While chronic laxity of the ulnar collateral ligament results from repetitive lateral stress applied to the metacarpophalangeal joint, the acute injury that commonly occurs in skiers results from a sudden forced abduction stress at the metacarpophalangeal joint, such as in a fall against a ski pole or the ground. Interestingly, the incidence of injury to the acute ulnar collateral ligament of the thumb has not diminished with newer ski pole designs that feature modified strapless grips.[4] The mechanism of injury probably also involves forced hyperextension of the metacarpophalangeal joint. The distal attachment on the proximal phalanx is the most frequent site of rupture.[5]

In 1962, Stener[6] reported a high incidence of entrapment of the ruptured end of the ulnar collateral ligament outside the adductor aponeurosis. This finding was present in 25 (64 percent) of 39 cases, all of which were surgically treated because of instability of the metacarpophalangeal joint.

Although the incidence of entrapment of the ruptured end of the ulnar collateral ligament proper outside the adductor aponeurosis has been reported to be between 14 percent and 87 percent,[3] most authors have noted the presence of the Stener lesion (diagnosed definitively at surgery) in at least 50 percent of cases of complete rupture. This finding is significant because the ruptured end of the ligament becomes abnormally placed outside the adductor aponeurosis, thereby preventing anatomic healing (Figure 4). Thus, early surgical repair is the general recommendation in cases of suspected complete tear of the ulnar collateral ligament.


The patient with metacarpophalangeal joint injury presents with a painful, swollen metacarpophalangeal joint. Additionally, pain and, sometimes, weakness are associated with pincer grasp. Maximal tenderness is present over the ulnar aspect of the metacarpophalangeal joint. If there is a history of a hyperabduction injury, radiographs should be obtained to identify fracture before lateral stress testing is carried out. Most authors agree that stress testing may cause displacement of an avulsion fracture of the proximal phalanx that was originally displaced less than 5 mm (Figure 1), thus necessitating open surgical treatment.[7]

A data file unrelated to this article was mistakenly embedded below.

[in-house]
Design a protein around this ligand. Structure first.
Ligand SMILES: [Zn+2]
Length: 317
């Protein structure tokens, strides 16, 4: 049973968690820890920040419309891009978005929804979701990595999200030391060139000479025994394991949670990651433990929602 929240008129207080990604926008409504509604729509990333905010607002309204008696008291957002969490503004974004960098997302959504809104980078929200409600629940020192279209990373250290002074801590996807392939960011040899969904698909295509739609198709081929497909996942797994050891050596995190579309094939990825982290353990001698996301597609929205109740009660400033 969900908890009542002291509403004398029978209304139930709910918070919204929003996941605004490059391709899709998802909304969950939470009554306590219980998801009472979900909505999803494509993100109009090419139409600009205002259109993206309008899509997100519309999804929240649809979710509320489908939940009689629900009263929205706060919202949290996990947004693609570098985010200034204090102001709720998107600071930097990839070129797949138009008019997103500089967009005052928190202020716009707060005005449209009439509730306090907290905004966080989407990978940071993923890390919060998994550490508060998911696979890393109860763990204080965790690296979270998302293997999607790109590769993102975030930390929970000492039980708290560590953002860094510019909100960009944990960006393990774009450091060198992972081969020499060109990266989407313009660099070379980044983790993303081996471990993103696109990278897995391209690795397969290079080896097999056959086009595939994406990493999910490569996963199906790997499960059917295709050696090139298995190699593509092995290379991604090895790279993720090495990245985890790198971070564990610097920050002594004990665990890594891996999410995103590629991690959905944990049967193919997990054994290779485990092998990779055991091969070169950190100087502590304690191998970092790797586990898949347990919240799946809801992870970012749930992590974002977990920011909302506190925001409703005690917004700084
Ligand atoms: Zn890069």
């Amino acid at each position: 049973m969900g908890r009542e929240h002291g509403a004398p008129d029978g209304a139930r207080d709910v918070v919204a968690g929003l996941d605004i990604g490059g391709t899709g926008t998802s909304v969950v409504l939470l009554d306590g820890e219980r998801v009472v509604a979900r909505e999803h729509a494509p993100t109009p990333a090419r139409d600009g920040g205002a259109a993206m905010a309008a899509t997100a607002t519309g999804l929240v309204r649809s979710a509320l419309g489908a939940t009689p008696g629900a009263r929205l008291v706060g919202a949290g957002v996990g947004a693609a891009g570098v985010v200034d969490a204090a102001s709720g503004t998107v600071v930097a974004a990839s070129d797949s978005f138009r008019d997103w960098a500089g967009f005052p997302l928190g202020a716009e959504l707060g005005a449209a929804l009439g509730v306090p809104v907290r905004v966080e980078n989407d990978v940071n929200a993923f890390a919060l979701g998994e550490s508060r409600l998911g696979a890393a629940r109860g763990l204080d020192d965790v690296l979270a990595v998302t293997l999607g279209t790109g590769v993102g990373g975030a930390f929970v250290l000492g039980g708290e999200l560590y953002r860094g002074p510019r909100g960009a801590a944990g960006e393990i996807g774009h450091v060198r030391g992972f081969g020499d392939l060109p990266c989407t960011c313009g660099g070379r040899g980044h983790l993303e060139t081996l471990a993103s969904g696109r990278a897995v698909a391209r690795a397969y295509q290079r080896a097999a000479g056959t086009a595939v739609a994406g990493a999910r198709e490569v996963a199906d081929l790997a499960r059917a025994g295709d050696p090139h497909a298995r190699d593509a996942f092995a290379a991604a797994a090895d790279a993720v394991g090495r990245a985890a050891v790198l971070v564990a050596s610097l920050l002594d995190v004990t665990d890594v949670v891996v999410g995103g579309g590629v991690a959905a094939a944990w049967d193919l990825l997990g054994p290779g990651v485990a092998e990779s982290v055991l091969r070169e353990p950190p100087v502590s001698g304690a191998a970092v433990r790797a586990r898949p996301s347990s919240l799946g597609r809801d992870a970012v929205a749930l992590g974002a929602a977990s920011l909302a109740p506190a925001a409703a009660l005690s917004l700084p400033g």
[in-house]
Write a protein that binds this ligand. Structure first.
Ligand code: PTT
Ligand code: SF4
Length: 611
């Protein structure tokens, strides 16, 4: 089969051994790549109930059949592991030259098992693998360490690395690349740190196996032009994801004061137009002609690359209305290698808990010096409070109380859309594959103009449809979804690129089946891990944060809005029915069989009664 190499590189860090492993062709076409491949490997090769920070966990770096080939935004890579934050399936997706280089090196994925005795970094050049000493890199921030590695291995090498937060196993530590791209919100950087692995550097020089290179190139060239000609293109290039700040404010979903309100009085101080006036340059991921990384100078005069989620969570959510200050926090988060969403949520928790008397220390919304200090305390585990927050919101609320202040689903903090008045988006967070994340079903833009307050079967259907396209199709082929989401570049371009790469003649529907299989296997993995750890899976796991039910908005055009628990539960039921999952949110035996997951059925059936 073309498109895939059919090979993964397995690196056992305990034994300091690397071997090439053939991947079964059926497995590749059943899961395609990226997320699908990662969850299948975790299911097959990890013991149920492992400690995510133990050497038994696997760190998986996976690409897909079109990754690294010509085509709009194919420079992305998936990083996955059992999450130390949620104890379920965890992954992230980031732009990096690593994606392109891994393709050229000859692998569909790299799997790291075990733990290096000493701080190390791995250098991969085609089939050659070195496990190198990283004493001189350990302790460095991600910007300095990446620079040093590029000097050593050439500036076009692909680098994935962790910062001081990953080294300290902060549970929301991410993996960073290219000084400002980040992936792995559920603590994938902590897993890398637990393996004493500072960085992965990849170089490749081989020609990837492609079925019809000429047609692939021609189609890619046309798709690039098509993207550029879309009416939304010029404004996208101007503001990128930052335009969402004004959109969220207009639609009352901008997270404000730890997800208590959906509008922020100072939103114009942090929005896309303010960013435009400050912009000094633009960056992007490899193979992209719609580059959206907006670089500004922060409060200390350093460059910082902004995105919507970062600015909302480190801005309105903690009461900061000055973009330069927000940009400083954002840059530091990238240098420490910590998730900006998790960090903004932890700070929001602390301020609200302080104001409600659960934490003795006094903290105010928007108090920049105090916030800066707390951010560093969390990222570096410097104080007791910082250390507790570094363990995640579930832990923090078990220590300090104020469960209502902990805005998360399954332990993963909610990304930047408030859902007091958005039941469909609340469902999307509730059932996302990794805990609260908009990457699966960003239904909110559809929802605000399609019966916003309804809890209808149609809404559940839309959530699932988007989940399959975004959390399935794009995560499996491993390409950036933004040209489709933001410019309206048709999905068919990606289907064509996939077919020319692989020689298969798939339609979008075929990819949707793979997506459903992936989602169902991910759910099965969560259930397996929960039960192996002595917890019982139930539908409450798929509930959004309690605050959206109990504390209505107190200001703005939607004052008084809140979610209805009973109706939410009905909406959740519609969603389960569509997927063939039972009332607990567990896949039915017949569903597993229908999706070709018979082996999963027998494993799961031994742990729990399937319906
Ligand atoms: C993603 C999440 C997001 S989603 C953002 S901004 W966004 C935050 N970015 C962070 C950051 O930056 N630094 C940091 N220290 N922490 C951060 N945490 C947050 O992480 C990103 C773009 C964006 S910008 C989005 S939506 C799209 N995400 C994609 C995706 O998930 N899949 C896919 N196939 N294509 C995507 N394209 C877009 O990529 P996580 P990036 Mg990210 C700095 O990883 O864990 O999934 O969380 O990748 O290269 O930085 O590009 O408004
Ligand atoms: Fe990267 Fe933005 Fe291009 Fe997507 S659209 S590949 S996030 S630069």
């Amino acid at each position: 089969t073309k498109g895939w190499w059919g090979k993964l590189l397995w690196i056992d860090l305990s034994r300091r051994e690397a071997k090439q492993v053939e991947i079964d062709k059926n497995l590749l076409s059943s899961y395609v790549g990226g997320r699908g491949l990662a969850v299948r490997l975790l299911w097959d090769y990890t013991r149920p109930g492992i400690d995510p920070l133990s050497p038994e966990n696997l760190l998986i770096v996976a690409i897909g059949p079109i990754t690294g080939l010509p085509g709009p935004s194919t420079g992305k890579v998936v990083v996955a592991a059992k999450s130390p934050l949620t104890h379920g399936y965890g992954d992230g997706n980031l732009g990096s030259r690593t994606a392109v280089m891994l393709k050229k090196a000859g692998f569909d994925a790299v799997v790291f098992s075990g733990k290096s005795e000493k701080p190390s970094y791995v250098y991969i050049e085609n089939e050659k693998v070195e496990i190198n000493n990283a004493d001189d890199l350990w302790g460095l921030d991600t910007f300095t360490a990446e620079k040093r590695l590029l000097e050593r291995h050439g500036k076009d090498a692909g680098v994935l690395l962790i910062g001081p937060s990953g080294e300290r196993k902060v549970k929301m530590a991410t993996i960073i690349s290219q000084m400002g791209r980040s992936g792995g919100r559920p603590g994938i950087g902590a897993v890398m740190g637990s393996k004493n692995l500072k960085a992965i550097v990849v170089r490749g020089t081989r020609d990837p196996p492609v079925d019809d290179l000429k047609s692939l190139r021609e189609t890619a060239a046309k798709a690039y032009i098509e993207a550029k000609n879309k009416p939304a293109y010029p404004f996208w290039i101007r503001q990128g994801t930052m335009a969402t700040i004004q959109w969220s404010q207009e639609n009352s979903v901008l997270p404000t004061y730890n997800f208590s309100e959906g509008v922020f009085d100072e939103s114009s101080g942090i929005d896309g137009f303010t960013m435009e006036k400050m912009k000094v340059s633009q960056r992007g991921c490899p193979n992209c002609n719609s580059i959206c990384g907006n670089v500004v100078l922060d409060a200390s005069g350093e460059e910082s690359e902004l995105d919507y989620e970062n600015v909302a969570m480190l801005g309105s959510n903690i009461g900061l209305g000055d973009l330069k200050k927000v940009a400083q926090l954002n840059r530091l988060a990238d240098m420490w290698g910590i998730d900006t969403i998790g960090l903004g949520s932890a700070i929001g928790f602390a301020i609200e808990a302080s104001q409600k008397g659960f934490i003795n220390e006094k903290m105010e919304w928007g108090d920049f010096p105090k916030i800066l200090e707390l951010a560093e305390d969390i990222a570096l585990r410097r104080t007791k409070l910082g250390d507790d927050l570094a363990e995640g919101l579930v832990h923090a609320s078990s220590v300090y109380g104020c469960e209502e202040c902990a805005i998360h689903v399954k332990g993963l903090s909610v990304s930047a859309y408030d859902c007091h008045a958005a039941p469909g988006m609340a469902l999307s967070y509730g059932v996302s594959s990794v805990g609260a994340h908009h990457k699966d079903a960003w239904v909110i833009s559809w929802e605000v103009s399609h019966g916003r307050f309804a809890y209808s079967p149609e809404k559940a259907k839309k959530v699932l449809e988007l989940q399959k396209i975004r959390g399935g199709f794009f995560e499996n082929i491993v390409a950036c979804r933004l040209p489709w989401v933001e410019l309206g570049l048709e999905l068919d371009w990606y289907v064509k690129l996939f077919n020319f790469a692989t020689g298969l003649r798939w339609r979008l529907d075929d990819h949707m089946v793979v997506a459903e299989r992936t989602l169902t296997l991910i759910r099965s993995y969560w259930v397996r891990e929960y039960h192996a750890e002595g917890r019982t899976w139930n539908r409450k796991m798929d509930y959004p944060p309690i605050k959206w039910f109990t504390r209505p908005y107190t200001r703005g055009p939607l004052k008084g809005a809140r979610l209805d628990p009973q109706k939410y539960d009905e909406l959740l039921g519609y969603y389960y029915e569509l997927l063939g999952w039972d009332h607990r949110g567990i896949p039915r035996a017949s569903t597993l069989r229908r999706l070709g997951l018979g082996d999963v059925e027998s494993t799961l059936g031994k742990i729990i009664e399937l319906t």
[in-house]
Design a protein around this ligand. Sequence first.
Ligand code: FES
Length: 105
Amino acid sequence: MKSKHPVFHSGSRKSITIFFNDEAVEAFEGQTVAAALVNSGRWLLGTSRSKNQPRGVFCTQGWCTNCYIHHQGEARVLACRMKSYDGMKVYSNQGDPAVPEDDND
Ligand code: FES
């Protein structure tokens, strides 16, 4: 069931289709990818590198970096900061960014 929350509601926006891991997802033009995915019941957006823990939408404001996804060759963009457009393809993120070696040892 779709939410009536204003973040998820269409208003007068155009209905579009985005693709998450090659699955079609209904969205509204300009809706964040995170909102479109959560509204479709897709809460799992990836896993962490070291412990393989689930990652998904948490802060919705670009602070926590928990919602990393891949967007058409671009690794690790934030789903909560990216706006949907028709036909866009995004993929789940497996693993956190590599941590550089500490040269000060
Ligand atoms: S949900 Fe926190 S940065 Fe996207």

If radiographs do not show a fracture, complete ulnar collateral ligament rupture is stiff possible. Stress examination is performed by stabilizing the thumb metacarpal with one hand to prevent rotation, and then, with the metacarpophalangeal joint in maximum flexion, applying lateral (radial) stress on the joint (Figure 5). The ulnar collateral ligament proper (rather than the ulnar collateral ligament accessory) is lax with the metacarpophalangeal joint in extension, but it is taut with the joint in flexion, which is the position of maximal stability. Therefore, with a complete tear of the ulnar collateral ligament proper, the joint will open up significantly and without a definite "end point" during stress examination with the metacarpophalangeal joint in flexion.

Controversy exists over the degree of angulation, detected during stress examination, that constitutes a complete ulnar collateral ligament tear. However, based on cadaveric and clinical studies, most authors agree that angulation of 35 degrees or more, or angulation of more than 15 degrees when compared with the uninjured side, constitutes complete rupture and requires surgical repair.[8] Some authors also consider the presence of any volar subluxation of the proximal phalanx on the metacarpal head to be an indication for surgery.[5]

Stress examination may be quite painful and, in order to complete a thorough examination, local anesthesia may be necessary. Although the anesthetic can be administered directly at the metacarpophalangeal joint, the thumb is best anesthetized by means of combined medial nerve and radial nerve blocks.[9]

The Stener lesion, discussed in the preceding section, cannot be accurately diagnosed on the basis of clinical findings. Because it occurs in at least 50 percent of cases of complete ulnar collateral ligament rupture, and because its presence prevents anatomic healing, all patients with suspected complete ulnar collateral ligament rupture should be referred for possible surgery.